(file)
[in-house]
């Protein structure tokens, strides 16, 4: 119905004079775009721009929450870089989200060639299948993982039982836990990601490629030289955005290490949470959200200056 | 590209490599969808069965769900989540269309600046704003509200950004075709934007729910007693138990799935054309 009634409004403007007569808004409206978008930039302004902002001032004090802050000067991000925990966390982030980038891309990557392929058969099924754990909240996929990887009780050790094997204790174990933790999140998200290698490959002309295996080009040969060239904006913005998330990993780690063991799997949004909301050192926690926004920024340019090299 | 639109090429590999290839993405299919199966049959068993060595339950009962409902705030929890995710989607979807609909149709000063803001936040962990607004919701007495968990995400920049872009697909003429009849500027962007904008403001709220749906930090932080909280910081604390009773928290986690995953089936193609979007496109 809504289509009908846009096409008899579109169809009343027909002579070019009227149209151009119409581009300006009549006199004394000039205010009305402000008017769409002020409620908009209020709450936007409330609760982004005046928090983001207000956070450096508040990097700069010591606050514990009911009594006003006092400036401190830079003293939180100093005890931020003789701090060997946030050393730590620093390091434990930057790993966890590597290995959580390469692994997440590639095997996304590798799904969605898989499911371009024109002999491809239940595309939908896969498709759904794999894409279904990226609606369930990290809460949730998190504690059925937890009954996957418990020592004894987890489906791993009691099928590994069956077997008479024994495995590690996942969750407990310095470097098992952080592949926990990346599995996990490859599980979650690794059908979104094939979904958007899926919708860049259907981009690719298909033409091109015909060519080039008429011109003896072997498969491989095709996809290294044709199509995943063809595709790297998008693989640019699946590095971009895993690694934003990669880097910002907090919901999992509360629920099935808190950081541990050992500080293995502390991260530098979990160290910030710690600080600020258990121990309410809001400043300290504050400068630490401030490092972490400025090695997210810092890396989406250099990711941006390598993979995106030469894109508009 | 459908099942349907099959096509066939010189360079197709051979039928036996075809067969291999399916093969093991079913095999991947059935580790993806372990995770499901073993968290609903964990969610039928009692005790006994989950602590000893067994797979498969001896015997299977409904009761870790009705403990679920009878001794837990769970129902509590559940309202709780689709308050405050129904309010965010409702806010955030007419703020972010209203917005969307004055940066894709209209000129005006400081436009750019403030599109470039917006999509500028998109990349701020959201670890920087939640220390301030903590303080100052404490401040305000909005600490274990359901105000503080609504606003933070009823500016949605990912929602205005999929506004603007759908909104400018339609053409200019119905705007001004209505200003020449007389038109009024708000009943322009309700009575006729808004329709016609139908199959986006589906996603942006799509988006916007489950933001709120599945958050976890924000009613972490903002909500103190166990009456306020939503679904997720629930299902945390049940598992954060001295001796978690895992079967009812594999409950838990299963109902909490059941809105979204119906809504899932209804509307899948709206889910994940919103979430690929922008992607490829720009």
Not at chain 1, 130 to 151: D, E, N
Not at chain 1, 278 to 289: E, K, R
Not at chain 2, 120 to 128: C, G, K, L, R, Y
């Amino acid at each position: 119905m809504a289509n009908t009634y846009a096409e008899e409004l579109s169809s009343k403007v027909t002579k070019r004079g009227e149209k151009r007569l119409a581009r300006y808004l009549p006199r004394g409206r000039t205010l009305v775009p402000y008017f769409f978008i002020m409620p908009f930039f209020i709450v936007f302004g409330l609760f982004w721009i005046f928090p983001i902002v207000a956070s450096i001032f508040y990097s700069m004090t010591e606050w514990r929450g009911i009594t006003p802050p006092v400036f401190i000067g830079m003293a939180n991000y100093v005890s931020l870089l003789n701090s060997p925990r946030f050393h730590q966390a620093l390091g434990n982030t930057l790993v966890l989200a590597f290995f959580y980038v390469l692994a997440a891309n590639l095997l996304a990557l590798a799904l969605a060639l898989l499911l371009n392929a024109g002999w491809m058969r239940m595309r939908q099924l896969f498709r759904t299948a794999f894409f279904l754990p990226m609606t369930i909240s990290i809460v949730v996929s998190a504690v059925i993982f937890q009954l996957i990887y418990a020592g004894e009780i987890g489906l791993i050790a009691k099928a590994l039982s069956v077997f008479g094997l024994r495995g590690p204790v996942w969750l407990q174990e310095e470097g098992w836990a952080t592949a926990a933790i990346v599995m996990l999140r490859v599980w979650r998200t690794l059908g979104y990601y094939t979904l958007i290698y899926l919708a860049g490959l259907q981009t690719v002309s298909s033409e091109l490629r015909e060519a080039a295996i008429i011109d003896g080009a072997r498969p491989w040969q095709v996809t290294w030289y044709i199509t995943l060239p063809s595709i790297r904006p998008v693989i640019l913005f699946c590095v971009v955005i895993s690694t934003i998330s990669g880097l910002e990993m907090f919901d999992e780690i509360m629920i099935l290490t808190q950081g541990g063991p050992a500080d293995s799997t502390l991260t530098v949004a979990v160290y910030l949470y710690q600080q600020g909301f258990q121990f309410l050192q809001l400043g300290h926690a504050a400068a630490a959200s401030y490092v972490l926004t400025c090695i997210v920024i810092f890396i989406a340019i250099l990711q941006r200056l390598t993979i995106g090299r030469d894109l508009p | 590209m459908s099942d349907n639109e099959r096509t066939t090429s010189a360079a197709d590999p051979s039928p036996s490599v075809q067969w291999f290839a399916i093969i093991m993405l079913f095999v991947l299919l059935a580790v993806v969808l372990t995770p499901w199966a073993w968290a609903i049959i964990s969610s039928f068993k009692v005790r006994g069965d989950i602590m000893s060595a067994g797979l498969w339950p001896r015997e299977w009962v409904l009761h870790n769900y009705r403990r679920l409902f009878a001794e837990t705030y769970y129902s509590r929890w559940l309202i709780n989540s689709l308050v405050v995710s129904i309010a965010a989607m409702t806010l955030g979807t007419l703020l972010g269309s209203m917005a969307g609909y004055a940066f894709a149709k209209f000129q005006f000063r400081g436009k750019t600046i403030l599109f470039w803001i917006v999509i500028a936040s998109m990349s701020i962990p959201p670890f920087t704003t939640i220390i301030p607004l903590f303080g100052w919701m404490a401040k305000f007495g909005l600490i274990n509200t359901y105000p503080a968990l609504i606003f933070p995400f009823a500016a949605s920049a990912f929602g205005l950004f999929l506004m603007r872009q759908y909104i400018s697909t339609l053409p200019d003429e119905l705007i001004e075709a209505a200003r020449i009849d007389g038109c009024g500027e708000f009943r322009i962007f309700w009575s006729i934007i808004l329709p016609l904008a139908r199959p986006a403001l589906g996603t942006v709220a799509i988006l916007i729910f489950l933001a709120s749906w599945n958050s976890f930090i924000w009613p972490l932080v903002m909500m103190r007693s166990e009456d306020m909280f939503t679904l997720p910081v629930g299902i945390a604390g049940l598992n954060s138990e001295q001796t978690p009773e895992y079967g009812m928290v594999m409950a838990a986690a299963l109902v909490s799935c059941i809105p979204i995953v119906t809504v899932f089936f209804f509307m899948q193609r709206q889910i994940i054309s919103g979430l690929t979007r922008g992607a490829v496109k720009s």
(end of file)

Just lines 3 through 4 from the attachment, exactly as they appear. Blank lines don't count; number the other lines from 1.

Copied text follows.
Not at chain 1, 130 to 151: D, E, N
Not at chain 1, 278 to 289: E, K, R